The emotional side of breast cancer
Breast cancer affects more than just your physical health. It affects your emotional health as well.
And, just as you need to treat the physical effects of breast cancer, it's also important to find positive ways to deal with your feelings about the disease.
What you may feel
Every person's emotional response to a cancer diagnosis is different. You may feel:
These feelings are normal, according to the National Cancer Institute (NCI). At times, the range of emotions you feel may be overwhelming. There may be days when you feel especially down, but facing your emotions in a positive way can help you begin to feel better.
Tips to help you cope
It can be easier to face the reality of breast cancer by learning as much as you can about the disease, according to the NCI.
Talk to your doctor about your condition and treatment options. Feel free to ask questions, and have your doctor recommend books or journal articles that can help you learn more.
Other ways to cope with your feelings:
Lean on your family and friends. Know that you're not alone. Your loved ones can support you in many ways. Family members or friends can go with you to doctor visits or treatment sessions or help with errands or household chores.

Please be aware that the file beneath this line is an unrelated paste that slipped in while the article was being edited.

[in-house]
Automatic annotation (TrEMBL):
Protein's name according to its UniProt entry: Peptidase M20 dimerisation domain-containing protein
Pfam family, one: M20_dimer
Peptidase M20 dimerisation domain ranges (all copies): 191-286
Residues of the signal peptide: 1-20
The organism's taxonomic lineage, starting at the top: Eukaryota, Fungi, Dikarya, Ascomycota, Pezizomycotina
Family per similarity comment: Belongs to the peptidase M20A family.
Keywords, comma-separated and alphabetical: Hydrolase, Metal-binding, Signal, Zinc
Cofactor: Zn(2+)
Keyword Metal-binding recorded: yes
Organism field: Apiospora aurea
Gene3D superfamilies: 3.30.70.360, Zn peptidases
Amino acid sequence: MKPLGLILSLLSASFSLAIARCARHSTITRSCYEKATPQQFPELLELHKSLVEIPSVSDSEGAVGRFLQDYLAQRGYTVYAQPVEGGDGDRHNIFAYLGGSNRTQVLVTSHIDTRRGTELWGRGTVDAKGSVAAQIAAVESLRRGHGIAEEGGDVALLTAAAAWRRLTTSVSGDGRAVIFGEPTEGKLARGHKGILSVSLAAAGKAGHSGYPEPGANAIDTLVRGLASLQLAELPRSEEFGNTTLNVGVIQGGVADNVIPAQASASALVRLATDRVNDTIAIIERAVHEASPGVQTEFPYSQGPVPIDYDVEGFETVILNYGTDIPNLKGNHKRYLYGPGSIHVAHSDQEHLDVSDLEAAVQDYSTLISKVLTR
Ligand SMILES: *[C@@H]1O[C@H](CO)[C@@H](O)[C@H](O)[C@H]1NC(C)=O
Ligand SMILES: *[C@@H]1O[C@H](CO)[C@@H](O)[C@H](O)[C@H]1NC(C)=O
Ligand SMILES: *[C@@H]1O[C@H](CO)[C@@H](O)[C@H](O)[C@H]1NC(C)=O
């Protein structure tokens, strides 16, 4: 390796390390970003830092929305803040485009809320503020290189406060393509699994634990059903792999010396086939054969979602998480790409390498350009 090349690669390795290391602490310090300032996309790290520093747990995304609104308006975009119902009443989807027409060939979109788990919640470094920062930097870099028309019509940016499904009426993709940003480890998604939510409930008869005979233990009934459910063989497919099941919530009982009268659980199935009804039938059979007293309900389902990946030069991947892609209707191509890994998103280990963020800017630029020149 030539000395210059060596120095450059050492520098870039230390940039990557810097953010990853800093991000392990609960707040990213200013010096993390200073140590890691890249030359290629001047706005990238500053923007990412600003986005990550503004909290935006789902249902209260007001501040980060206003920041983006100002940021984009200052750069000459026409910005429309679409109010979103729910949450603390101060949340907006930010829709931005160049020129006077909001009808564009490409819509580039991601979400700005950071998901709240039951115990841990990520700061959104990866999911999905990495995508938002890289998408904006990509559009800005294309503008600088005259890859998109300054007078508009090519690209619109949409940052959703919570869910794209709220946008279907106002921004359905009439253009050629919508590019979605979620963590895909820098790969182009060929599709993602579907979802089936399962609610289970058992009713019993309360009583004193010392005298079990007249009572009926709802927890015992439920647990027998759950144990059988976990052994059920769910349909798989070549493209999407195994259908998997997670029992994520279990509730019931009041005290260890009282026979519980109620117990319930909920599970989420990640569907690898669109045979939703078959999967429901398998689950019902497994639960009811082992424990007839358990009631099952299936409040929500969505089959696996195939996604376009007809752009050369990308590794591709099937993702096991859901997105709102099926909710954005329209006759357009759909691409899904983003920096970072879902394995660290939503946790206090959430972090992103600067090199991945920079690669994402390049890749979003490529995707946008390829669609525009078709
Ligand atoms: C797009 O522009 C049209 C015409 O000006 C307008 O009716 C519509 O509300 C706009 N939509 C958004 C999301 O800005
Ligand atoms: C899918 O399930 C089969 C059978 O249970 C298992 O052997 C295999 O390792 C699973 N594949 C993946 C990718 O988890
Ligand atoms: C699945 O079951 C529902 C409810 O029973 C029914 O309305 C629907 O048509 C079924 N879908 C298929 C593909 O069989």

Find a good listener. Though it can be difficult to talk about breast cancer, sharing your thoughts and feelings with a trusted friend or family member can help you feel better. A counselor or a spiritual leader can offer support as well.
If you don't feel like talking, though, it's OK to let others know that. There are other ways to share your feelings. You might find it helpful to keep a journal. Writing can help you sort through and deal with your emotions.
Express your feelings. It's normal to have days when you feel down. Though your instinct may be to try to spare those around you from your strong feelings, don't try to act cheerful when you're not. Putting up a false front could keep you from getting the help you need, according to the NCI.
Take care of yourself. Maintaining your well-being is an important step to getting through breast cancer. Get the rest you need, eat well, try to exercise if you're up to it and take time alone for yourself when you need it.
Learn from others. You might consider joining a breast cancer support group. Women who have been through breast cancer often share a special bond.
A cancer support group allows people to:
- Discuss what it's like to have cancer and share ways to cope.
- Lean on each other to get through cancer together.
- Learn about new developments in cancer treatment.
If you think you'd like to join a support group, talk to your doctor or call your local hospital for information about cancer support programs.